Written by Jeff Mackey
The Israeli attorney general has decreed that the High Court must permanently halt this shipment
of monkeys, citing that it is
illegal to transport monkeys captured in the wild for experiments and that
Israeli authorities had not approved the use of the animals for the type of
experiments that Shin Nippon Biomedical Laboratories sought to perform.
Thanks to the efforts of the Israeli animal-protection
organizations Behind Closed Doors and Let the Animals Live, with assistance from PETA, a shipment of 90 monkeys
destined for a laboratory has been halted, at least temporarily. The monkeys were to be shipped from Mazor Farm, an infamous monkey-breeding
facility in Israel, to Shin
Nippon Biomedical Laboratories (SNBL), a testing laboratory and primate supplier in the United States.
Armed with information supplied by PETA, Let the Animals
Live presented evidence to the High Court of Justice in Israel demonstrating
how SNBL torments animals and repeatedly violated U.S. animal welfare laws. Israeli officials also
reviewed scientific data showing that primates make poor models of human disease and for predicting drug response in humans. Additionally,
Israeli law does not allow the export of wild-caught monkeys, and we pointed
out to Israeli authorities that 70 of these 90 monkeys were torn away from
their families in the wild.
In response to these compelling arguments, the Israeli attorney
general decreed that this shipment is legally problematic, and the High Court
has halted the shipment, demanding that SNBL produce its own evidence showing
how it plans to use the monkeys in experiments.
PETA also contacted the airline that had been prepared to
accept this shipment and urged it to join the growing number of airlines that refuse to transport primates to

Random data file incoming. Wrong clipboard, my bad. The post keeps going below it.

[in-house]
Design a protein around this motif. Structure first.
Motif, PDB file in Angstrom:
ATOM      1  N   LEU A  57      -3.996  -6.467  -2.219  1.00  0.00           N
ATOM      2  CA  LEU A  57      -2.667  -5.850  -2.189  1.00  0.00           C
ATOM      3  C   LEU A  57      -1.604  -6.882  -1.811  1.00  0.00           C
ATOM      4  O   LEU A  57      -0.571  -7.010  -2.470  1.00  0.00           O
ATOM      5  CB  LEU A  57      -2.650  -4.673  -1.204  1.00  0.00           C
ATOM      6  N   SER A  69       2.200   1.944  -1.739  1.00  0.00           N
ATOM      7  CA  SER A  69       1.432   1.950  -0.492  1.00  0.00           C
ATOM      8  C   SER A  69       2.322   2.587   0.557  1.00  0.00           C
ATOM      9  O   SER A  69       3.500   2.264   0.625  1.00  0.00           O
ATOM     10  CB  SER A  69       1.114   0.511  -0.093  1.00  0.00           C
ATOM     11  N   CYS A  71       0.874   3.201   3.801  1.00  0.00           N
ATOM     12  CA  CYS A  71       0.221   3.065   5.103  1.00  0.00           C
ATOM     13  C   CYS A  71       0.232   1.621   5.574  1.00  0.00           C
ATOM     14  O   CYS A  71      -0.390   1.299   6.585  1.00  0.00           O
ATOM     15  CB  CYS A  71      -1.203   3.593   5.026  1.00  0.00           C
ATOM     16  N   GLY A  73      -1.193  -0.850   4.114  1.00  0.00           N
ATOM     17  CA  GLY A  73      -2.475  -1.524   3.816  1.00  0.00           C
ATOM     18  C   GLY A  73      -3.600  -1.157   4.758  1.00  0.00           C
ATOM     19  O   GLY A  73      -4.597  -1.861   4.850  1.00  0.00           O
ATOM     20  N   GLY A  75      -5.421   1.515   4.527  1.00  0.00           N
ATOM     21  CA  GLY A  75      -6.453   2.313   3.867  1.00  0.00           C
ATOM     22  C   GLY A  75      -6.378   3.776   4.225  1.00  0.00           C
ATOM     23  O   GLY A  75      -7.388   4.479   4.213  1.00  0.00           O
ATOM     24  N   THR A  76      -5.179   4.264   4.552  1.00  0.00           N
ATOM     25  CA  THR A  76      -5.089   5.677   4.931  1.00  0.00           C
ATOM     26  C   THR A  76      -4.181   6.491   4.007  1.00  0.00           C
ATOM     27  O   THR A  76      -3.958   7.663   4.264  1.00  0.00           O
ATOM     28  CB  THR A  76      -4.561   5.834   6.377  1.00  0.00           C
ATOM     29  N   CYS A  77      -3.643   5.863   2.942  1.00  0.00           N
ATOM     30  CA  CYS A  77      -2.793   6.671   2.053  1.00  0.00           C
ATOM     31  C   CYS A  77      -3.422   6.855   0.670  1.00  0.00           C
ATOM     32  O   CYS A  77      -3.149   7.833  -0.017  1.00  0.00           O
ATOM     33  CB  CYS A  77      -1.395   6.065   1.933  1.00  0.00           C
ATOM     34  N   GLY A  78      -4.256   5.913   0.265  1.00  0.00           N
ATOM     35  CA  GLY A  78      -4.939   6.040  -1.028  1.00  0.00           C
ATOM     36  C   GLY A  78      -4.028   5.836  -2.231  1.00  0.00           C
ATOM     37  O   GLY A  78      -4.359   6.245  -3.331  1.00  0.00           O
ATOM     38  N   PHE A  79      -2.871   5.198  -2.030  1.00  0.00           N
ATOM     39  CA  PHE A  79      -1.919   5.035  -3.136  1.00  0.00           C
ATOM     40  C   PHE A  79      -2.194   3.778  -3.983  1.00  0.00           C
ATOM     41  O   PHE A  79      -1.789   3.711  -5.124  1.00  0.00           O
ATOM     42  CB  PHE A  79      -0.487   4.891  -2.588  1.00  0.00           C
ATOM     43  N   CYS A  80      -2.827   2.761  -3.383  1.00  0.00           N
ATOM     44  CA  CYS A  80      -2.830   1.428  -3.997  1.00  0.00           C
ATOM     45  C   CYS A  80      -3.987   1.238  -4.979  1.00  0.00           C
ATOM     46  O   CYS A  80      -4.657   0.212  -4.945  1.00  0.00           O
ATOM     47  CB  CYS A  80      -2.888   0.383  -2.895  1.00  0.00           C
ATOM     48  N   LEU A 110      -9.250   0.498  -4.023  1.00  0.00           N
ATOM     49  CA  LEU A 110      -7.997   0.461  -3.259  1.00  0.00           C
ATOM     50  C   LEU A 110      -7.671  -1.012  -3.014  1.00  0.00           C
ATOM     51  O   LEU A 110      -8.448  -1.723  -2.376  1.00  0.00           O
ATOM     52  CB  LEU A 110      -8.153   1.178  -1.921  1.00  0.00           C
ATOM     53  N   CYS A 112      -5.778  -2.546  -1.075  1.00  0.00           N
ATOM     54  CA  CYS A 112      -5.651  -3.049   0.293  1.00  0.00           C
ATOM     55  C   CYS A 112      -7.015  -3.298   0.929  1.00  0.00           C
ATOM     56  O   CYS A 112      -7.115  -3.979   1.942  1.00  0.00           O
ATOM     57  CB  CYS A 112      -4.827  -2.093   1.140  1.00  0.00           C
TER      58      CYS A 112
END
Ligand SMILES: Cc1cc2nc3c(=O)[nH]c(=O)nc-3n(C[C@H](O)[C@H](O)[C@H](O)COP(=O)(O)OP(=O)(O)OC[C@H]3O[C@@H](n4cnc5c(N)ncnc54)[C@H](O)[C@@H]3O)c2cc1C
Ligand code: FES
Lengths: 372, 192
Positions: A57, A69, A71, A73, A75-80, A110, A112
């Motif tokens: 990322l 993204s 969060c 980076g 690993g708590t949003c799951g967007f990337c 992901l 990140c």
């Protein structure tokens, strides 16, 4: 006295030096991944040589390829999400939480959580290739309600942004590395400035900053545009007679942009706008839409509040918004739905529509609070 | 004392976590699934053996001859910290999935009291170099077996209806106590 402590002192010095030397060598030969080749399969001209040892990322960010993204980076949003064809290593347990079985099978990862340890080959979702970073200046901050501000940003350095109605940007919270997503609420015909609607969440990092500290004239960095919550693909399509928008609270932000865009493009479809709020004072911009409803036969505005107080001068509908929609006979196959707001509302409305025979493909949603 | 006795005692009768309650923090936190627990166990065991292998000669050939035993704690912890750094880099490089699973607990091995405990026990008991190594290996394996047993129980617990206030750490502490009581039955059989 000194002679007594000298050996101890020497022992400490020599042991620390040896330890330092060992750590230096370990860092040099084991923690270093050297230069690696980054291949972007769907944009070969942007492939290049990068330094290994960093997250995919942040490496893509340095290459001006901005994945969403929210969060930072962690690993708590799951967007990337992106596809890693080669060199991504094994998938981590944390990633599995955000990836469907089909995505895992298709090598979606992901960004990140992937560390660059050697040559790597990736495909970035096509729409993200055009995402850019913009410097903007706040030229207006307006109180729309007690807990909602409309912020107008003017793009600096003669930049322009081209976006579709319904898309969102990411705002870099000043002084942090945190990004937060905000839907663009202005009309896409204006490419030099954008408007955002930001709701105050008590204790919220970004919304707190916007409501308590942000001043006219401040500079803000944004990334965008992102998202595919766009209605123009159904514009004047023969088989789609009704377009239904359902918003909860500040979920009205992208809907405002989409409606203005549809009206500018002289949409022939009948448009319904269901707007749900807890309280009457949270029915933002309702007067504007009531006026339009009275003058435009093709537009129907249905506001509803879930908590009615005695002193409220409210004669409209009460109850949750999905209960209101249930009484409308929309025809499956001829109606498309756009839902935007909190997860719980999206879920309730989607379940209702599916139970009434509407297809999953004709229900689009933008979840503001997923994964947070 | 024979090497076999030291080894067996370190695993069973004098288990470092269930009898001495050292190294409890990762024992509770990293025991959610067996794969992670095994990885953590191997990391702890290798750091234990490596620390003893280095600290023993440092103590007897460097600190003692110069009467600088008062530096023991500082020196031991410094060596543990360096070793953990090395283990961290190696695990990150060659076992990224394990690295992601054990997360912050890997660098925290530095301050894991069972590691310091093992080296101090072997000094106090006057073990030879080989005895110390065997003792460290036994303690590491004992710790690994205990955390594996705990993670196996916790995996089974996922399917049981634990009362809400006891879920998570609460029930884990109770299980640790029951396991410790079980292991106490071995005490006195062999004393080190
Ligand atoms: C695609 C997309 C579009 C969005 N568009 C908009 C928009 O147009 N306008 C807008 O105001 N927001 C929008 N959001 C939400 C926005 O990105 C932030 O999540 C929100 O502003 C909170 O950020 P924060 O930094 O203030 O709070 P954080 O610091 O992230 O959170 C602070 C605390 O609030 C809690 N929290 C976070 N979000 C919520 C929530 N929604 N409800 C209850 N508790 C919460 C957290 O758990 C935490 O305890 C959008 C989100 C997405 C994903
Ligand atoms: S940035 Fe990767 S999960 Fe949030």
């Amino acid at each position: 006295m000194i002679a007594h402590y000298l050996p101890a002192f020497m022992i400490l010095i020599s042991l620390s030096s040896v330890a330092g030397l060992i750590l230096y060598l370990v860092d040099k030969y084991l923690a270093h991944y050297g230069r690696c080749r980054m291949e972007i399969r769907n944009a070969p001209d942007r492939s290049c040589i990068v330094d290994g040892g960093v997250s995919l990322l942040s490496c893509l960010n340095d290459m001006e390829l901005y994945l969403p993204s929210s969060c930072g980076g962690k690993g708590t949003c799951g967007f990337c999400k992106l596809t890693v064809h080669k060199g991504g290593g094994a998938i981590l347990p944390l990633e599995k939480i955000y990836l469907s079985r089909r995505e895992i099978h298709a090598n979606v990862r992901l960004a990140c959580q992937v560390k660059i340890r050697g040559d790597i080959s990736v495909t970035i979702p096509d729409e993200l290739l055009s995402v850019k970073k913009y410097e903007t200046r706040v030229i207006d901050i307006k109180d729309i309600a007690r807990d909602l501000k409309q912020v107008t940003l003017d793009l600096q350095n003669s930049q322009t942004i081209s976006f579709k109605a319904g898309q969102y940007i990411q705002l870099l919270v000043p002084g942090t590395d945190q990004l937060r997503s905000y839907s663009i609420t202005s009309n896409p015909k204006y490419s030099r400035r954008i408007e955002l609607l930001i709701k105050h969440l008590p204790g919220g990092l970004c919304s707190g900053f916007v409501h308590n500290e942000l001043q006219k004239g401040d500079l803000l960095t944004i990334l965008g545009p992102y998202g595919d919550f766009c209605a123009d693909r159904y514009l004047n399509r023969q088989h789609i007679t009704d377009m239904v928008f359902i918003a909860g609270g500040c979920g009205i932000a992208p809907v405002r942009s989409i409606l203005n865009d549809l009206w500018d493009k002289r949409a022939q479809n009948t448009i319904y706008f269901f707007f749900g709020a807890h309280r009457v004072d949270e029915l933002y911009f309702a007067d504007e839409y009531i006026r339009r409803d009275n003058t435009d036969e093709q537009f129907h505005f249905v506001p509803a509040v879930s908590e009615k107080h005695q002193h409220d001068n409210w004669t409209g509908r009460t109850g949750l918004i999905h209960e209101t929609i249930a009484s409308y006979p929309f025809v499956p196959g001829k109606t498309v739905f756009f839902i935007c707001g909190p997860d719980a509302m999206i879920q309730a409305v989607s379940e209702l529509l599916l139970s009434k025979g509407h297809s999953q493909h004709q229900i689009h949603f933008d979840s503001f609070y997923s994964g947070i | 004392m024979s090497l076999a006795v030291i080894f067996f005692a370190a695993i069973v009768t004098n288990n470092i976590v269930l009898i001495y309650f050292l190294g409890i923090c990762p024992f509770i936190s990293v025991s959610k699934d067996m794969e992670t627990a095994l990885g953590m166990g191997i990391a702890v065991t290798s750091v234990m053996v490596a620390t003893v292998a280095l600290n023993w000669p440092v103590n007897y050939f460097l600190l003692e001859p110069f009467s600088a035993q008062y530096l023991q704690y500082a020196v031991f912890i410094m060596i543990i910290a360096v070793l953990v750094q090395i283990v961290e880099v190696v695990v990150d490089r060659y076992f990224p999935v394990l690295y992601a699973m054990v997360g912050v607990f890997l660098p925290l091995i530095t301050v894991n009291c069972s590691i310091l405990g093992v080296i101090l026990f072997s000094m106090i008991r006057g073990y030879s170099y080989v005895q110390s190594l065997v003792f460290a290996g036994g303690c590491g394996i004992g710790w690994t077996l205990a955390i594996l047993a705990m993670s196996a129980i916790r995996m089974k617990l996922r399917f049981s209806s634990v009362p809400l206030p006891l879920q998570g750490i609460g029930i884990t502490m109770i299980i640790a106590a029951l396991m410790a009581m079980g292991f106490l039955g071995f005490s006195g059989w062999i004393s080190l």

Stay tuned—if the Israeli government does ultimately allow
the shipment to proceed, we may ask you to contact this airline and demand that
it stop delivering primates to be tortured in experiments.
dreadful experiment that sounds like a cross between Frankenstein and Rise of the Planet of the Apes, stem cells from multiple embryos
were fused to create so-called "chimera" monkeys containing genetic
material from all the embryos used. Vivisectors at the Oregon National Primate Research Center (ONPRC) cut into dozens of female rhesus monkeys to impregnate them, allowed
their fetuses to develop, and then cut them open to kill the unborn monkeys and
dissect them. Only two of the female monkeys were allowed to carry the babies to
full term and give birth. Like their mothers, these babies now will serve a life sentence at this monkey
prison, where two PETA undercover investigations have exposed the horrific
abuse of primates.
ONPRC is touting the births of the three genetically
manipulated rhesus monkeys, but one has to wonder what the primates used in
these experiments have been forced to endure in a facility with a long history
of abuse. During a 2007 undercover investigation at ONPRC, PETA documented
monkeys in constant fear and so traumatized by